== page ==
AT&T is on the prowl for more wireless spectrum as it struggles to provide enough bandwidth to handle the swelling data demands of smartphone users. The company and top rival Verizon Wireless have been lobbying Congress and the Federal Communications Commission to approve auctions of underused frequencies so that they can provide better mobile broadband Internet service.
The proposed auctions, for airwaves no longer used by television broadcasters, are also supported by CTIA, a wireless industry group. CTIA is projecting massive growth in mobile data usage over the next five years. Congress agreed yesterday to allow industry regulators to hold the auctions as part of a broader legislation package that would also extend payroll tax cuts and jobless benefits. Voting will take place in the coming days.
AT&T is also looking into the possibility of purchasing other mobile service providers, such as Leap Wireless, Dish Network or MetroPCS, according to The Wall Street Journal. You have to give the company points for persistence. Just last December AT&T was forced to drop its plan to acquire T-Mobile for $39 billion in the face of stern opposition by the FCC and Department of Justice, which saw the deal as anticompetitive. The failed bid to expand its mobile business cost the company a cool $4 billion in the form of a break-up fee it had to pay to T-Mobile parent Deutsche Telekom.
Finding a solution to the bandwidth problem is essential for AT&T. The company boasts that its data traffic has doubled each year since 2007, the year the iPhone was introduced. That number doesn’t tell the whole story, however, due to how AT&T has figured the growth rate. Data usage by existing customers is actually growing by just 40%. To arrive at the 100% figure, AT&T factored in new smartphone and tablet users, as well as existing users who are upgrading to or adding such devices.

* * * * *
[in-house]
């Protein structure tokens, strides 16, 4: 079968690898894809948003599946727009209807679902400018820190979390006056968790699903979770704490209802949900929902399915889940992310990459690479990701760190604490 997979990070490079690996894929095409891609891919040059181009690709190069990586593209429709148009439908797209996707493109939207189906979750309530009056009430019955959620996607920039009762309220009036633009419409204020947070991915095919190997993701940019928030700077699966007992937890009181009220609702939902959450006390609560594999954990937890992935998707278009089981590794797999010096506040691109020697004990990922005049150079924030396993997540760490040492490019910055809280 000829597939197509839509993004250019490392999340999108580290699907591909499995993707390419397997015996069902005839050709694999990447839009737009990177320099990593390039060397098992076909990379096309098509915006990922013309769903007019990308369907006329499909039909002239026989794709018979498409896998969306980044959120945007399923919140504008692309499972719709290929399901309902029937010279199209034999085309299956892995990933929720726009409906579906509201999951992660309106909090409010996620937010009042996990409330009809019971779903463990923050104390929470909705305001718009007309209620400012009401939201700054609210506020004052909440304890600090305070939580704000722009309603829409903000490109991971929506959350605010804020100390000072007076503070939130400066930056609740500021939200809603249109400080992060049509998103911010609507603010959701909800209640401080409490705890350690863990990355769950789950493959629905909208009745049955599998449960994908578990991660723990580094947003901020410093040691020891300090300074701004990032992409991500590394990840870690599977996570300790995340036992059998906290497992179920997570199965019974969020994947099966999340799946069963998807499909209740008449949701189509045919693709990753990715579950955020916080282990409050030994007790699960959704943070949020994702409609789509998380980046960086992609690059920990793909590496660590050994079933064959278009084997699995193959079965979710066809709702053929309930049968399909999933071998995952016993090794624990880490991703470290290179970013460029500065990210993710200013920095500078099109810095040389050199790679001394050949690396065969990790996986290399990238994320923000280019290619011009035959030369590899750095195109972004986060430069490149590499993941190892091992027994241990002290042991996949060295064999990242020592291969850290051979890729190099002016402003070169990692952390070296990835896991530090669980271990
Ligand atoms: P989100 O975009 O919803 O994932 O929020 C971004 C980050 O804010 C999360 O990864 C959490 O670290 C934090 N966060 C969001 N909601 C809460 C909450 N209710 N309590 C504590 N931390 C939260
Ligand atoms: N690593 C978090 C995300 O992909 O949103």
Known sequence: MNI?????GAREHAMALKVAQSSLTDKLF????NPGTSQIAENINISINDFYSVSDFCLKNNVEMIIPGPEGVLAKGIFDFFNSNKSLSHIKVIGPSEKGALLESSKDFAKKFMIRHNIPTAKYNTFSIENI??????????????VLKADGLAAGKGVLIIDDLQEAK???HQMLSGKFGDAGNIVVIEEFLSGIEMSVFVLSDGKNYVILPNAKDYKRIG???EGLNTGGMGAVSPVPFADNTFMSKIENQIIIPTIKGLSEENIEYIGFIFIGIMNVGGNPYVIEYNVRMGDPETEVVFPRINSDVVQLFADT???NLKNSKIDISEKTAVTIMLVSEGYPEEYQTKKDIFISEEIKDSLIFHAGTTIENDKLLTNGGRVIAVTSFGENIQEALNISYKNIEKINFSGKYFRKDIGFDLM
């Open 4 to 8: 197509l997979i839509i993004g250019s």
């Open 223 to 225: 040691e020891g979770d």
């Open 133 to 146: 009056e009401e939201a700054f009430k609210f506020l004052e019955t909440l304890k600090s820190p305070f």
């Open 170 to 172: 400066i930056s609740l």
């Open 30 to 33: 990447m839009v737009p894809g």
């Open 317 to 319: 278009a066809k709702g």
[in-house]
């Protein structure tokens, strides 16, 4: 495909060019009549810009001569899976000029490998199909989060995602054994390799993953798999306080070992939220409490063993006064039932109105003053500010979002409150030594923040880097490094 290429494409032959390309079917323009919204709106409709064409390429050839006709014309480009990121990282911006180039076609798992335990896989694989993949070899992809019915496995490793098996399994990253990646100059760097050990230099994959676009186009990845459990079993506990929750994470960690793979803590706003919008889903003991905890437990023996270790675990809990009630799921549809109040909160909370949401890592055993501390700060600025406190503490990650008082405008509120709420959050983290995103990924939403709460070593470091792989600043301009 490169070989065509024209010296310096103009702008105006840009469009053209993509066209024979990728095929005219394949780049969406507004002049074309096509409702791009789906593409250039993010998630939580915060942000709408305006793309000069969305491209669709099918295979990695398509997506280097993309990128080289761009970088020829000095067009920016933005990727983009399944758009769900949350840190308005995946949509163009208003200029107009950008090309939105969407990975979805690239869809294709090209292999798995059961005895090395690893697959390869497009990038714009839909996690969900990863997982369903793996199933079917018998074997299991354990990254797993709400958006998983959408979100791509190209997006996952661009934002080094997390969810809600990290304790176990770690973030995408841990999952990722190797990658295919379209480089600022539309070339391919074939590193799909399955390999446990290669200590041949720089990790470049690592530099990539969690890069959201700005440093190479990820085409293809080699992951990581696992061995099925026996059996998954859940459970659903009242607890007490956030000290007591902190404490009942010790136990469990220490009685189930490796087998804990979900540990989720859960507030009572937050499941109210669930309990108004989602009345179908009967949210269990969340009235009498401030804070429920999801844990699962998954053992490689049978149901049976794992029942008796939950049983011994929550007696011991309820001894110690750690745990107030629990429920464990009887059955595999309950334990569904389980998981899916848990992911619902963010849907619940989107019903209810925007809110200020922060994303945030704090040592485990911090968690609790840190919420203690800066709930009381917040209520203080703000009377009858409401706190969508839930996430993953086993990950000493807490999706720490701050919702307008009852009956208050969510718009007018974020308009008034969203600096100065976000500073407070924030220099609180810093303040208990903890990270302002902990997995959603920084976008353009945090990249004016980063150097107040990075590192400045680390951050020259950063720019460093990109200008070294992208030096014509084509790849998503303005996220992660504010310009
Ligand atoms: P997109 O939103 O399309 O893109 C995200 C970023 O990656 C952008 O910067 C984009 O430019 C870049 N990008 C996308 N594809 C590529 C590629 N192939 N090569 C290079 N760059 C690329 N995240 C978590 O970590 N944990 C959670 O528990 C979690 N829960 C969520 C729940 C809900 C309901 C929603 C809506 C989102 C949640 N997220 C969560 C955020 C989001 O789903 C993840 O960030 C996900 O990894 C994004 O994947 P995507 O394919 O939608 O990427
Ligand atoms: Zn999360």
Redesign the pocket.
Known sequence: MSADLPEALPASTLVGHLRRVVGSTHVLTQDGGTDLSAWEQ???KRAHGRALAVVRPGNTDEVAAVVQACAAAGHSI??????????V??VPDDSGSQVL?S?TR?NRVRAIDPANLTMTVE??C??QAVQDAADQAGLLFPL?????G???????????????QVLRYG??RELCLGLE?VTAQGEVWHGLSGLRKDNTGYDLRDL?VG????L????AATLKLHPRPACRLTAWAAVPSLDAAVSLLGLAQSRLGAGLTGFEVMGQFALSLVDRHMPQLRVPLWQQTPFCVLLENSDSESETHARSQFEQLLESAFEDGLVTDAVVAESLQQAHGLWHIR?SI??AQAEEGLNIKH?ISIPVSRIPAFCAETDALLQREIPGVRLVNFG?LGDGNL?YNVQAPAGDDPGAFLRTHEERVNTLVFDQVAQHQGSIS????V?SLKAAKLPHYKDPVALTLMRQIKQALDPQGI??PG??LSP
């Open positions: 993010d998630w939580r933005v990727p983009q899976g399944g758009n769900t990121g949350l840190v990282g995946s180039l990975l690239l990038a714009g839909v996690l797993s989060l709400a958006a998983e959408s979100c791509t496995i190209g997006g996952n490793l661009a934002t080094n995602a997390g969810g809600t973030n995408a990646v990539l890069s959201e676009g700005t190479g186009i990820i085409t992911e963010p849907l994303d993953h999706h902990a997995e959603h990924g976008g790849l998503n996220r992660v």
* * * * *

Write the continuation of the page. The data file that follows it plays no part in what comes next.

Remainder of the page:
Like Verizon and Sprint, AT&T is also building out a new 4G LTE network which can more efficiently handle a greater number of users. The company spent $20 billion on its wireless and wired networks last year, and $95 billion in the past five years.
While it slowly rolls out 4G across its vast service area and adds more Wi-Fi hot spots, the company’s method of mitigating the burden of so much data traffic has been to throttle network speeds for the heaviest data users with unlimited plans. In other words, since October AT&T has been limiting the connection speeds of the top 5% of data users. Predictably, this hasn’t gone over well from a customer service standpoint, and TechCrunch reports that throttling has been inconsistently applied, with some users who stay below their usage cap being inexplicably punished for bingeing on data.
While securing enough wireless capacity to give customers reliable smartphone performance is a necessity for all mobile carriers, it should be only one component of a more comprehensive strategy to reduce customer defection. AT&T and its competitors also need to focus on maintaining attractive and sensible pricing schemes, providing transparent and accurate billing to avoid confusion and anger, and rewarding long-term and high-value customers to maintain their loyalty.
These were all points among others also raised by management consultant Bain & Company last summer based on a survey it conducted of about 3,000 telecommunications customers. It concluded that mobile, Internet and pay-television companies need to “deliver consistently on the basics and then go the extra step to delight customers, as opposed to just avoiding offending them.”